The competition for commodity software is international. However, the companies selling this kind of software have such a first-mover advantage that they're entrenched into their market positions. For example, just about no one's developing a serious competitor for Word, Excel, PowerPoint, etc because Microsoft got there first. Google's close, but they've spent years developing and still don't have the same capabilities.

        The other side to consider is custom software typically run by medium-sized companies

    • by dcw3 (649211) on Friday March 15, 2013 @09:17AM (#43181673) Journal

      This depends upon what you call competitive. If your competition is only within your borders, then you have a level playing field. When you go global, you're suddenly competing with people who don't have the same overhead, standards of living, taxes, etc., etc. So, the question for all nations to answer is if they're willing to forsake jobs for their own people, increasing unemployment, though benefiting corporations, by lowering their costs, but also driving down salaries for those still employed within their borders. It's an issue that should be agreed to at a national level.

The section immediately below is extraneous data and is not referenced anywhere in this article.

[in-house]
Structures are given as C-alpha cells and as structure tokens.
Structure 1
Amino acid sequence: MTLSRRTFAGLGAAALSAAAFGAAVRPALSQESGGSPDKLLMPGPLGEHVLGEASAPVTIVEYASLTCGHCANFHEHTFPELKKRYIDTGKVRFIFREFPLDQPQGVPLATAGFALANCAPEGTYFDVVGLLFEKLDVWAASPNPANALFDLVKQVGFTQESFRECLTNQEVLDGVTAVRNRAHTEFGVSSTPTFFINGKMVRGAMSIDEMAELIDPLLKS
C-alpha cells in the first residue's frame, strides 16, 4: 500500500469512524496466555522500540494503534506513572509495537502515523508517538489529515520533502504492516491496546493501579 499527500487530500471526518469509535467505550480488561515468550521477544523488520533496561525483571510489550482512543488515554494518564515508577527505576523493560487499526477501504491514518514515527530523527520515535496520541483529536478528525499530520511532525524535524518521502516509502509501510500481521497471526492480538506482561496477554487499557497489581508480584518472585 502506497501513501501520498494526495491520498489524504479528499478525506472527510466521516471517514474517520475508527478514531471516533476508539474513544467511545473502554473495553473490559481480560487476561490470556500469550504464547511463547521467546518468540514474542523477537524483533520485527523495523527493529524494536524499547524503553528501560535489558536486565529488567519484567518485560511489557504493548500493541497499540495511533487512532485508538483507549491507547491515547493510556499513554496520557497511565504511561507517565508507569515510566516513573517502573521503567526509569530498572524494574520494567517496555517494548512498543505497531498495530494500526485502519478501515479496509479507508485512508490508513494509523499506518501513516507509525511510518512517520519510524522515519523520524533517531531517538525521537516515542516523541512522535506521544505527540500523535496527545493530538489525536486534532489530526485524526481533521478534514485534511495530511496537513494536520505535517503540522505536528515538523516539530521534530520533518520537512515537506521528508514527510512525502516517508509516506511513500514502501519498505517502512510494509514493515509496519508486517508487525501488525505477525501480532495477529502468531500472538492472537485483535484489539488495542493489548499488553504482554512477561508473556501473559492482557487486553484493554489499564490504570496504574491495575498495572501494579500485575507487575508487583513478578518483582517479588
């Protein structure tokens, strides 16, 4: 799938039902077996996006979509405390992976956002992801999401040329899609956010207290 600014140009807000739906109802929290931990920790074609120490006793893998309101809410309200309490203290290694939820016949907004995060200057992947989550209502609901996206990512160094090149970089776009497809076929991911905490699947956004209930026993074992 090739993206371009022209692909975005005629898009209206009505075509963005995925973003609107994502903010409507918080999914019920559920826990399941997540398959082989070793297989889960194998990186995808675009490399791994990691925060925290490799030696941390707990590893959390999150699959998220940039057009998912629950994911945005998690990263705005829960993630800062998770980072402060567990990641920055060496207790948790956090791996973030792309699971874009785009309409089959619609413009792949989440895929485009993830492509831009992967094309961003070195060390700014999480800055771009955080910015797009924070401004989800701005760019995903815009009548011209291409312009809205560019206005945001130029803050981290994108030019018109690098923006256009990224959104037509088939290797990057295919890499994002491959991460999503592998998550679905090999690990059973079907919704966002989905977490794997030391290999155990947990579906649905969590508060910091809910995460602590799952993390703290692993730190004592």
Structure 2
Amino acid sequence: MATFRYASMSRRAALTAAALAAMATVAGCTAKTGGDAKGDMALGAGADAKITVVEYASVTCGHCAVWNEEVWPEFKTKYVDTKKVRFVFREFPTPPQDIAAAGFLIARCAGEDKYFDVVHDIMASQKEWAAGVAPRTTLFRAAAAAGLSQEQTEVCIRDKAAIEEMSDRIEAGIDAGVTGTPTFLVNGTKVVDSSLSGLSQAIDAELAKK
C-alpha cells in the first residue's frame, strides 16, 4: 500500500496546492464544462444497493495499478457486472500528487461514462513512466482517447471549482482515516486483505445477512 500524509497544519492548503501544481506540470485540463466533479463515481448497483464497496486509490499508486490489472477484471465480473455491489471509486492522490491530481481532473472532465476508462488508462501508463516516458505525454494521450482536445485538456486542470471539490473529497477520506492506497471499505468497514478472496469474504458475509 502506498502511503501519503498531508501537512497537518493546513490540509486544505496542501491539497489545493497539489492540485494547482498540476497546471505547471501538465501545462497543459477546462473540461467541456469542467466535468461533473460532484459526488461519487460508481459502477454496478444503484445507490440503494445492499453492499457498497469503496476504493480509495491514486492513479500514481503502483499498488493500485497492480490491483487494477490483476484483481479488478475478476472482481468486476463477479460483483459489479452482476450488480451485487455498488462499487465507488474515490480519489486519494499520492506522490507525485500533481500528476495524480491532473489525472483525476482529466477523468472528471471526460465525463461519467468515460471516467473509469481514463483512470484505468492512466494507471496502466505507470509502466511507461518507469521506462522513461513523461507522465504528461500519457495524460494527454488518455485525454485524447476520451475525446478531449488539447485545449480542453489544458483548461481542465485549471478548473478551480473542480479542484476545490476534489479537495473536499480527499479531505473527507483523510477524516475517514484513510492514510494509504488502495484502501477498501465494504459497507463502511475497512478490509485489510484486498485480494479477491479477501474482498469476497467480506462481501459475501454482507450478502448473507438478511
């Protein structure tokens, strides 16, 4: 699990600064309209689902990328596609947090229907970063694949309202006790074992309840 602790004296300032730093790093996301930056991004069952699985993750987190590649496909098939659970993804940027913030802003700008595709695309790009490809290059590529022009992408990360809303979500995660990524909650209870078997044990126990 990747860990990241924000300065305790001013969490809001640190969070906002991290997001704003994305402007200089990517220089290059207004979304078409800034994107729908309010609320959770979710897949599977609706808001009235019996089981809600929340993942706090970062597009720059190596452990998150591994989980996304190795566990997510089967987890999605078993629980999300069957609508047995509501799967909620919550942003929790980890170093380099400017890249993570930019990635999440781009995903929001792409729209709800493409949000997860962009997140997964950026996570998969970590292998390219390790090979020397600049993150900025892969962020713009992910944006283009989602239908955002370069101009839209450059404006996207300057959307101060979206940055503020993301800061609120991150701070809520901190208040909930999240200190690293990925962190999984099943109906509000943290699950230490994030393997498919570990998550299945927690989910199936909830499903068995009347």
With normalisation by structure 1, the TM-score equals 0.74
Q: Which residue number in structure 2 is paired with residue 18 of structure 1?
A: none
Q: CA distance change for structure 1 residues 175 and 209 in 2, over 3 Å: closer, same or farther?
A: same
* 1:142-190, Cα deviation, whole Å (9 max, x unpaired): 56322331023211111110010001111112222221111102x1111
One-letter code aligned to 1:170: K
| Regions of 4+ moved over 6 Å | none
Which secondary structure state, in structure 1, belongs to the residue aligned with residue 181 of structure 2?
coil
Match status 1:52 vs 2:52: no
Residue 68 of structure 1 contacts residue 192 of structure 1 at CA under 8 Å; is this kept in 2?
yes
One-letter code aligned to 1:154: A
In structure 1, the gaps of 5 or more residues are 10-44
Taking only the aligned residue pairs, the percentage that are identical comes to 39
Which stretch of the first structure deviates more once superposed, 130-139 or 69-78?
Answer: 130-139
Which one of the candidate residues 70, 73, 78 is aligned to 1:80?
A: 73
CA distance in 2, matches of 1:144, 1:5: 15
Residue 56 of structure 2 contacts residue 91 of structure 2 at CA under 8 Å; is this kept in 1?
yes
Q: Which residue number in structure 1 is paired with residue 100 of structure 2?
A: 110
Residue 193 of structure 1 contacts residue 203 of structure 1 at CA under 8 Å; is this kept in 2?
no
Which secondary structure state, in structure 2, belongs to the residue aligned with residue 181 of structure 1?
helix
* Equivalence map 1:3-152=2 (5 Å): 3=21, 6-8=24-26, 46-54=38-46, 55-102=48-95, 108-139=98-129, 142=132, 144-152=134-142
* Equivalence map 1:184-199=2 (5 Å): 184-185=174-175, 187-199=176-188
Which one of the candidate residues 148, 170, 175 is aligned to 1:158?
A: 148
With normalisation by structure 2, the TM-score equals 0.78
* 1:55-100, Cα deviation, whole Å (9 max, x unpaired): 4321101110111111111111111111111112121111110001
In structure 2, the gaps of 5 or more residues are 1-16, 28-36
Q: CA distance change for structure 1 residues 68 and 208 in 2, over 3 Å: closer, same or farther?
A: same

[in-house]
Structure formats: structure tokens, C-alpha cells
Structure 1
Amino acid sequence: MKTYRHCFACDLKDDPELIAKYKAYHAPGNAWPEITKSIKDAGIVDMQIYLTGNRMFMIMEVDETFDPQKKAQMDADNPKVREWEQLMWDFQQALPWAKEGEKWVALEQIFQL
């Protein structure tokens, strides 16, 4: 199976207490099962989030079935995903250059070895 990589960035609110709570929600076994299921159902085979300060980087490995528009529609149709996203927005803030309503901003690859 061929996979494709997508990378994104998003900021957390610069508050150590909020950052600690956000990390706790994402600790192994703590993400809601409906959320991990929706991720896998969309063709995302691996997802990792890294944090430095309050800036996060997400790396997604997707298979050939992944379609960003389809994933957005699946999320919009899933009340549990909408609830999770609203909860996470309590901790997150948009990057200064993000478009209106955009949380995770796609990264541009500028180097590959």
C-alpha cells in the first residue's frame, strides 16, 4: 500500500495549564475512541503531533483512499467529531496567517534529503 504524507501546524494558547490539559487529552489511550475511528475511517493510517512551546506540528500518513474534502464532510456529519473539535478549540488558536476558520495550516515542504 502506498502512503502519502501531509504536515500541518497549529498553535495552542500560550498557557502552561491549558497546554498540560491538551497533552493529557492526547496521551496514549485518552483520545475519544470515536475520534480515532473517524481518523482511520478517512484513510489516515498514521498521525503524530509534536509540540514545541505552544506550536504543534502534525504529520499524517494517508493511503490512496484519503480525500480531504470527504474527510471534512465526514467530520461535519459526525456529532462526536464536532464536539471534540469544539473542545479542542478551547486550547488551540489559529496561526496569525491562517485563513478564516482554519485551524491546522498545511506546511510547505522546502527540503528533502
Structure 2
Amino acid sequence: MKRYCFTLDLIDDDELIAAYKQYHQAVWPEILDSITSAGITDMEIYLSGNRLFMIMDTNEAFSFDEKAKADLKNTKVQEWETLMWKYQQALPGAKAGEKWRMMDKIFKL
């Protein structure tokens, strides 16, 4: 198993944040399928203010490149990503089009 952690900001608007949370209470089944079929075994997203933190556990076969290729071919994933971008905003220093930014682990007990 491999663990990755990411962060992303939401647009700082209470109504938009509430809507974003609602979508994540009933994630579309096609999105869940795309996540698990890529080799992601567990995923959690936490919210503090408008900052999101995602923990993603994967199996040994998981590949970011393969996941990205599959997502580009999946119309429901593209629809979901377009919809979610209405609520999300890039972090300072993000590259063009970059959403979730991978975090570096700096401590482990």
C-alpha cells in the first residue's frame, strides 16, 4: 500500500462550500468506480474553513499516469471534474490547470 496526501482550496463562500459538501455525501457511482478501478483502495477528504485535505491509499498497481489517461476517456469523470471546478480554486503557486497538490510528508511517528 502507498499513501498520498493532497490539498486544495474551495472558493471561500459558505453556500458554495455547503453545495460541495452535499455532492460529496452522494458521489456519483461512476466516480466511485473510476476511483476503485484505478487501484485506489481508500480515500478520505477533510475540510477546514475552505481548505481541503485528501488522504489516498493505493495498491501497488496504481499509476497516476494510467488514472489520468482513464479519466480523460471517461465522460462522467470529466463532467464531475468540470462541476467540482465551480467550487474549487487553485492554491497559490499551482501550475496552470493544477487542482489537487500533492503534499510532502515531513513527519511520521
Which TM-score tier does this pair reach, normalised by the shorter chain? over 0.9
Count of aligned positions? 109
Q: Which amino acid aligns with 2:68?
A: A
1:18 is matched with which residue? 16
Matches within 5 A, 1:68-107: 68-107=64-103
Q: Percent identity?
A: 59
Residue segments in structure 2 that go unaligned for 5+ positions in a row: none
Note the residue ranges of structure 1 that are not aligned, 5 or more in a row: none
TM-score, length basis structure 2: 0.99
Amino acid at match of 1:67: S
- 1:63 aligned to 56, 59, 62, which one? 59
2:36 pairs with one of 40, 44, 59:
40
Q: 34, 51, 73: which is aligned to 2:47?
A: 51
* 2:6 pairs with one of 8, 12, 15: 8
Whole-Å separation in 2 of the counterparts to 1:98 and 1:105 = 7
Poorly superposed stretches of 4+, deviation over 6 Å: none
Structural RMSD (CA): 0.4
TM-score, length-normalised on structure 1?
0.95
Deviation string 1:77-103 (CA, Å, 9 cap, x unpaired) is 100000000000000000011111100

• The solution is to make the imported workers permanent residents or even citizens. Imported workers work for substandard wages because they're better than their home country, but it's nearly impossible for them to switch jobs once their here. If that H1B or 457 expires or they lose their job, it's back to wherever they came from. Give them residency stability and the ability to switch jobs, and they'll expect the same pay as you or I.